Why Bullies BullyBy Janelle Caponigro | May 25, 2011 | 1 comment
Summaries of new research on bullying, how the arts can reduce social stigmas, and the roots of shyness and anxiety in kids.
* This Greater Good section, Research Digests, offers short summaries of recent studies on happiness, empathy, compassion, and more. Quick to read, easy to digest—we review the research so you don’t have to! Subscribe to the Research Digests RSS feed to receive future digests.
Why Do Bullies Bully?
"Bullies Have Enhanced Moral Competence to Judge Relative to Victims, but Lack Moral Compassion"
Gini, G., Pozzoli, T., Hauser, M. Personality and Individual Differences, Vol. 50 (5), April 2011, 603–608.
This study helps to answer the question: What can we do to promote compassion and prevent bullying among children? Researchers classified 719 nine to thirteen year olds into three groups, based on surveys of the kids’ peers: bullies (those who hit, push, or tease others), victims (those who get hit, pushed, or teased by others), or defenders (those who attempt to stop bullying or support victims). They found that bullies were just as capable of understanding right from wrong as defenders. However, bullies were the group most likely to underestimate their influence on others—a step that could help them justify their hurtful behavior. Interestingly, the opposite pattern was observed in victims: They were less able to determine right from wrong but were more emotionally aware of how their behavior influences others. Taken together, these findings suggest a two-way approach to reducing the negative consequences of bullying: helping bullies become more aware of the harm they cause and teaching victims to identify unjust behavior when it occurs. —Janelle Caponigro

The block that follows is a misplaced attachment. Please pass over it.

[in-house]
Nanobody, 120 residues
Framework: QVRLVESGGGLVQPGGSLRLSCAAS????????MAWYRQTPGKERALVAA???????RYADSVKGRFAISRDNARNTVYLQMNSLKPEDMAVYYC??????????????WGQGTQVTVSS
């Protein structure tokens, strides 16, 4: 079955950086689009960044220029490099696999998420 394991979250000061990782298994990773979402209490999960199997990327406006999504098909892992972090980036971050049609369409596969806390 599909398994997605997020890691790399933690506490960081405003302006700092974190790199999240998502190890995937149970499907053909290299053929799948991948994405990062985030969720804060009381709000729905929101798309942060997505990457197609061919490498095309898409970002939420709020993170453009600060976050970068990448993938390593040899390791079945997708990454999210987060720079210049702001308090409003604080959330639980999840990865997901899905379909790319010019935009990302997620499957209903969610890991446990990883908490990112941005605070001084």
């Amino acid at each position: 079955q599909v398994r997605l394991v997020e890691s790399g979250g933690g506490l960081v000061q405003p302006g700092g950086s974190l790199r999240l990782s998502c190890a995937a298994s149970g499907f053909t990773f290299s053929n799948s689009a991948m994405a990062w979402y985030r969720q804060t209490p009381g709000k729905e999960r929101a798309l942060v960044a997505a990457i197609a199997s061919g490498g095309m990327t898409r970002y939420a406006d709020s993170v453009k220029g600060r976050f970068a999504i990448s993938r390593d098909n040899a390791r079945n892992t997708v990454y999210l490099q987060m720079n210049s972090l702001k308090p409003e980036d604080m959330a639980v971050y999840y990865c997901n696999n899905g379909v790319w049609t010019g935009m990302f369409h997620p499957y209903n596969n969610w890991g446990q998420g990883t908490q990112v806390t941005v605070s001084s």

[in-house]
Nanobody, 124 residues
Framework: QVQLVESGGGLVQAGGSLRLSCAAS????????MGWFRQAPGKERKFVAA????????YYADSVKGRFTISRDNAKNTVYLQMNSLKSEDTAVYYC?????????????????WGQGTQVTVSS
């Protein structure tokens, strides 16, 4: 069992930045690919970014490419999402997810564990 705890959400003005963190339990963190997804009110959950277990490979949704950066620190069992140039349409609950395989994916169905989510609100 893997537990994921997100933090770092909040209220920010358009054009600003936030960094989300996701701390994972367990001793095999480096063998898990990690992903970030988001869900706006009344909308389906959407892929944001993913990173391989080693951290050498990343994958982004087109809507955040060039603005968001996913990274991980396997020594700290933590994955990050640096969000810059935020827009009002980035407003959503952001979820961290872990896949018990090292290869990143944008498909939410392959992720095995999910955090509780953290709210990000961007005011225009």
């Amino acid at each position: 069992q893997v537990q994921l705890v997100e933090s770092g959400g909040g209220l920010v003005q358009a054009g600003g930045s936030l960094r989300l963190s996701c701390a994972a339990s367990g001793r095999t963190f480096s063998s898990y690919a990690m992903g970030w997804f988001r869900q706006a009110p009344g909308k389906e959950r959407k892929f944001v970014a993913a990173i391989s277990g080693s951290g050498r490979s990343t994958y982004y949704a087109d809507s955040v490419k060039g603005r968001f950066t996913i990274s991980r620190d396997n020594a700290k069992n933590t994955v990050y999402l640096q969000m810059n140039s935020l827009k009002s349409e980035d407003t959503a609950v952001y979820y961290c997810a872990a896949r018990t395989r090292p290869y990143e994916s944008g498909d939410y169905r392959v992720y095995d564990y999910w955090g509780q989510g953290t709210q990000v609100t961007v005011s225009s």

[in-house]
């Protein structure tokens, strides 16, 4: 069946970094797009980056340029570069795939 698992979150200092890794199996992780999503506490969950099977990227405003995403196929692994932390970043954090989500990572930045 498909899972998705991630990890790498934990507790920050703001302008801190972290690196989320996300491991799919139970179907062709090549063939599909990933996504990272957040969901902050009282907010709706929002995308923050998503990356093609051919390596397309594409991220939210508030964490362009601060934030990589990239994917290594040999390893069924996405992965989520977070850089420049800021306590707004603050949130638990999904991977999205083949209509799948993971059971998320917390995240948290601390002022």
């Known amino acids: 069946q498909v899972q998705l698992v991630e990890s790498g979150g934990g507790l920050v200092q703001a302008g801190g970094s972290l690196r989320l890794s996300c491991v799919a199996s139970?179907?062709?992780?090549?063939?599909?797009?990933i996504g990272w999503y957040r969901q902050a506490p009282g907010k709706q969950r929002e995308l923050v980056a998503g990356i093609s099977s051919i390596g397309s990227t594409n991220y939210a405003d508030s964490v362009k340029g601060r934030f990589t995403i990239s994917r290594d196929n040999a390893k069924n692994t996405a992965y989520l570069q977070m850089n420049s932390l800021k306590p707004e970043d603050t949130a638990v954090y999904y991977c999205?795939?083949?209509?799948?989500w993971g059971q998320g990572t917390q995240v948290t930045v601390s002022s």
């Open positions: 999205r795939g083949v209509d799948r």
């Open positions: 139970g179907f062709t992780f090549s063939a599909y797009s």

How the Arts Affect Social Stigmas
"The Impact of a National Mental Health Arts and Film Festival on Stigma and Recovery"
Quinn, N., et. al. Psychiatrica Scandinavica, Vol. 123 (1), January 2011, 71–81.
Researchers from the United Kingdom found that the creative arts have a powerful influence over our attitudes toward people with mental illness. During a national mental health arts festival, 415 people learned about mental illness through films, plays, and discussions of literature. Afterwards, they were asked to fill out a survey. The researchers found that media focused on stigma, recovery, or support of people with mental illness helped to reduce stigma and increase positive attitudes toward mental illness. On the other hand, they found that stigma increased after people watched a documentary that highlighted an individual with mental illness who remained unwell and who spoke about treatment failures. This study highlights how the media can influence how we view individuals with mental illness—both for good and for bad. —Janelle Caponigro
The Roots of Shyness and Anxiety
"Early Temperamental and Family Predictors of Shyness and Anxiety"
Volbrecht, M.M., Goldsmith, H.H. Developmental Psychology, Vol. 46 (5), September 2010, 1192–1205.
This study looked at how a person’s personality and family environment contribute to the development of shyness and anxiety later in life. Researchers collected information on children’s personalities, home environment, and anxiety symptoms from 121 pairs of three-year-old twins. They then collected the same information from the kids at age seven. They found children were more likely to be shy at age seven if at age three they’d been more fearful of new situations, had shown better control over their impulses in order to behave according to rules, and had experienced less family stress. The researchers also found that seven year olds demonstrated more anxiety if they had better control over impulses, experienced more negative emotions within their family, and had families currently experiencing high levels of stress. These findings suggest the influential role of both personality and environment in the development of shyness and anxiety, even in early childhood. —Janelle Caponigro